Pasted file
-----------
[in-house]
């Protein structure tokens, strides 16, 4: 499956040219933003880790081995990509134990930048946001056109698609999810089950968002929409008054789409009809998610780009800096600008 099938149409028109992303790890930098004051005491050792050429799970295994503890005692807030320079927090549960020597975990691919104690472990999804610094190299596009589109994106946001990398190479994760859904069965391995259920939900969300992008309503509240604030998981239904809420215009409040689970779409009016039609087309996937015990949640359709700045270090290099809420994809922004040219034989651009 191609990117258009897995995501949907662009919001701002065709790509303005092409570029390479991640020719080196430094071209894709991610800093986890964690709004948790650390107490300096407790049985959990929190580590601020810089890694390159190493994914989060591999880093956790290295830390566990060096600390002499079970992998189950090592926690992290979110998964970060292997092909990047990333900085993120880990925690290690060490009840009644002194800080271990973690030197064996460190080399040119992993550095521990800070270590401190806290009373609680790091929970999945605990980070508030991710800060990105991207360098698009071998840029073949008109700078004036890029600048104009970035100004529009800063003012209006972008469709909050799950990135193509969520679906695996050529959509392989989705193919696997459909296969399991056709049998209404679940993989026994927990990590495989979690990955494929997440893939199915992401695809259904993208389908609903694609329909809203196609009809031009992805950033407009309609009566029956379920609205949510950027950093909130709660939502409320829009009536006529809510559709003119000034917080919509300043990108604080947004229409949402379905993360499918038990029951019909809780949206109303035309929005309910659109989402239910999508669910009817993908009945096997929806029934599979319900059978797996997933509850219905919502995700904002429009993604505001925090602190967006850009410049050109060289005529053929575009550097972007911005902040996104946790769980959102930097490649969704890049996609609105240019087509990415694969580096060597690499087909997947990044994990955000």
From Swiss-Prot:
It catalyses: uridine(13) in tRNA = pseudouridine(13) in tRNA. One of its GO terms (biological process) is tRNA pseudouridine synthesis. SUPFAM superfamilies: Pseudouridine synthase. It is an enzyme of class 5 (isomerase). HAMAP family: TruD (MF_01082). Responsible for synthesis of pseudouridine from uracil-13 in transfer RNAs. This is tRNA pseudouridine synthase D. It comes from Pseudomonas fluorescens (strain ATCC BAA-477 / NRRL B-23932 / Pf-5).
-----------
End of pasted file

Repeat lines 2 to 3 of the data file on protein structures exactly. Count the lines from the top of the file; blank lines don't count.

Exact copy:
């Protein structure tokens, strides 16, 4: 499956040219933003880790081995990509134990930048946001056109698609999810089950968002929409008054789409009809998610780009800096600008 099938149409028109992303790890930098004051005491050792050429799970295994503890005692807030320079927090549960020597975990691919104690472990999804610094190299596009589109994106946001990398190479994760859904069965391995259920939900969300992008309503509240604030998981239904809420215009409040689970779409009016039609087309996937015990949640359709700045270090290099809420994809922004040219034989651009 191609990117258009897995995501949907662009919001701002065709790509303005092409570029390479991640020719080196430094071209894709991610800093986890964690709004948790650390107490300096407790049985959990929190580590601020810089890694390159190493994914989060591999880093956790290295830390566990060096600390002499079970992998189950090592926690992290979110998964970060292997092909990047990333900085993120880990925690290690060490009840009644002194800080271990973690030197064996460190080399040119992993550095521990800070270590401190806290009373609680790091929970999945605990980070508030991710800060990105991207360098698009071998840029073949008109700078004036890029600048104009970035100004529009800063003012209006972008469709909050799950990135193509969520679906695996050529959509392989989705193919696997459909296969399991056709049998209404679940993989026994927990990590495989979690990955494929997440893939199915992401695809259904993208389908609903694609329909809203196609009809031009992805950033407009309609009566029956379920609205949510950027950093909130709660939502409320829009009536006529809510559709003119000034917080919509300043990108604080947004229409949402379905993360499918038990029951019909809780949206109303035309929005309910659109989402239910999508669910009817993908009945096997929806029934599979319900059978797996997933509850219905919502995700904002429009993604505001925090602190967006850009410049050109060289005529053929575009550097972007911005902040996104946790769980959102930097490649969704890049996609609105240019087509990415694969580096060597690499087909997947990044994990955000």
From Swiss-Prot: